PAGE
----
Fix loose paperback pages. Far too often, the pages of a well-read paperback begin to fall away from the book’s binding. About 10 to 15 seconds in a microwave should soften the glue used in a paperback’s binding enough to allow you to reposition its loosened pages. When the glue hardens again, it should hold pages in place again.
Make sure your books are dry. High humidity can cause moisture to form in books and moisture can lead to mold and mildew, which can cause odors and damage books. Try to store your books in a dry environment. A fresh charcoal briquette or two carefully tucked away in close proximity to stored books can help keep them dry, because charcoal soaks up moisture in the air. If you find that a book has become damp, try sprinkling a little talcum powder or corn flour across the book’s fanned out pages. Let the book sit for a few hours and then gently brush off any residue of the powder or flour, using a soft paint or cosmetics brush. You can also try opening a damp book and leaving it in an airy, sunny spot for a short time. Do not leave a book in direct sunlight for long, because its pages will fade or yellow after a while.
Reading a favorite old book is a great form of entertainment. Revisiting its story, characters, and locations can be like spending quality time with a cherished friend or family member. However, if you want your favorite books to be there for you in the future, keeping them clean is a must. Yes. As if there aren’t enough things to clean around the house… books need cleaning too. Why? Because dust, mold, mildew, and other environmental factors can damage and even destroy books… both old and new.
Here are a few tips to help you clean, repair, or revive your collection of favorite books.
Cleaning a bookcase does not equal clean books. Most of us tend to dust off a book shelf and think we can walk away with the surety that our books are clean. But dusting just the book shelf tends to merely move around dust from book to book. And it does nothing to identify any issues going on with particular books. Every now and then, empty your book shelves out completely before you dust and/or clean them. Setting the books aside to tackle individually.
Eliminate musty odors. It is not at all unusual for stored books to begin to smell “musty.” Sometimes, just airing a book out will fix the problem. You can also try using kitty litter. Fill the bottom of a typical plastic trash can liner with kitty litter and place the liner in a large, CLEAN trash bin or something of a similar size and shape. Put your books inside another liner and place that liner inside the one already in the trash bin. Cover the trash bin and let it sit for a few days. Keep checking on your books and remove them when they are odor-free.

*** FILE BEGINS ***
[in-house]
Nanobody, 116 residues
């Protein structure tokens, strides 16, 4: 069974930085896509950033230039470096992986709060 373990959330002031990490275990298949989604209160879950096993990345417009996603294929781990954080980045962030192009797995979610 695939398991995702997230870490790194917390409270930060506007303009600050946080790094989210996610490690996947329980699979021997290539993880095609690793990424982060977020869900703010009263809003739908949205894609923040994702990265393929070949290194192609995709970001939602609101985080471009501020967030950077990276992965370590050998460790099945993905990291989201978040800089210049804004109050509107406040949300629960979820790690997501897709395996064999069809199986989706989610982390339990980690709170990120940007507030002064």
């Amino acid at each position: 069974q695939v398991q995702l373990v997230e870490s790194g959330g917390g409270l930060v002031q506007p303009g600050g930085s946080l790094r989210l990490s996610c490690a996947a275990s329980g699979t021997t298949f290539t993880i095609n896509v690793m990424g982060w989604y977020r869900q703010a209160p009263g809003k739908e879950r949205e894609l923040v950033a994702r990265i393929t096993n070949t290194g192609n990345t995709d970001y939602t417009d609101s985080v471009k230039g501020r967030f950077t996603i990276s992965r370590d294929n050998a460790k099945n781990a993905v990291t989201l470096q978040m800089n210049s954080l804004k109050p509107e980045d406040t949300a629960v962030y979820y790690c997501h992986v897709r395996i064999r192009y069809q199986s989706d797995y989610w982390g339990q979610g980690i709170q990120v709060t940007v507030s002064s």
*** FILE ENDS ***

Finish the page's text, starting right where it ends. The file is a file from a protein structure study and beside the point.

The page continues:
Examine and clean each book separately. If you have an extensive home library, the very thought of cleaning one book at a time may be mind-boggling. It really isn’t that bad if your books are kept packed together tightly in shelves. In most cases, all you will probably need to do is remove any dust from the book’s cover and the outer edges of its pages. Always use a soft cloth or soft brush. If you think there might be dirt or dust between the book’s pages, simply open up the book, fan out its pages, and give the whole book a gentle upside-down shake.
Bring old treasured books to a professional. Don’t try to clean them yourself. If a book is older, it is probably delicate and easily damaged. Leather bound books can be especially challenging to clean without causing any harm. There are experts specially trained to clean, repair, and restore old books.
Get rid of book-loving insects. Books can become magnets for various small insects that are otherwise quite harmless. If you notice one or two intruders, you can probably simply sweep them away with a cloth or your hand. However, if a book becomes infested with tiny pests, you can place the book in a plastic bag and put it in your freezer overnight. Not only will a night in cold storage kill off the bugs themselves, but it should also destroy any larvae they may have deposited in the book.
Be wary with your vacuum cleaner. Vacuuming around books can be problematic. Pages can easily rip, loosen from a book’s binding, and even end up sucked into the vacuum cleaner. If you decide to use a vacuum when cleaning books, use a low suction level and cover the vacuum’s nozzle with a piece of cheese cloth. A section cut from a nylon stocking or pantyhose will also work.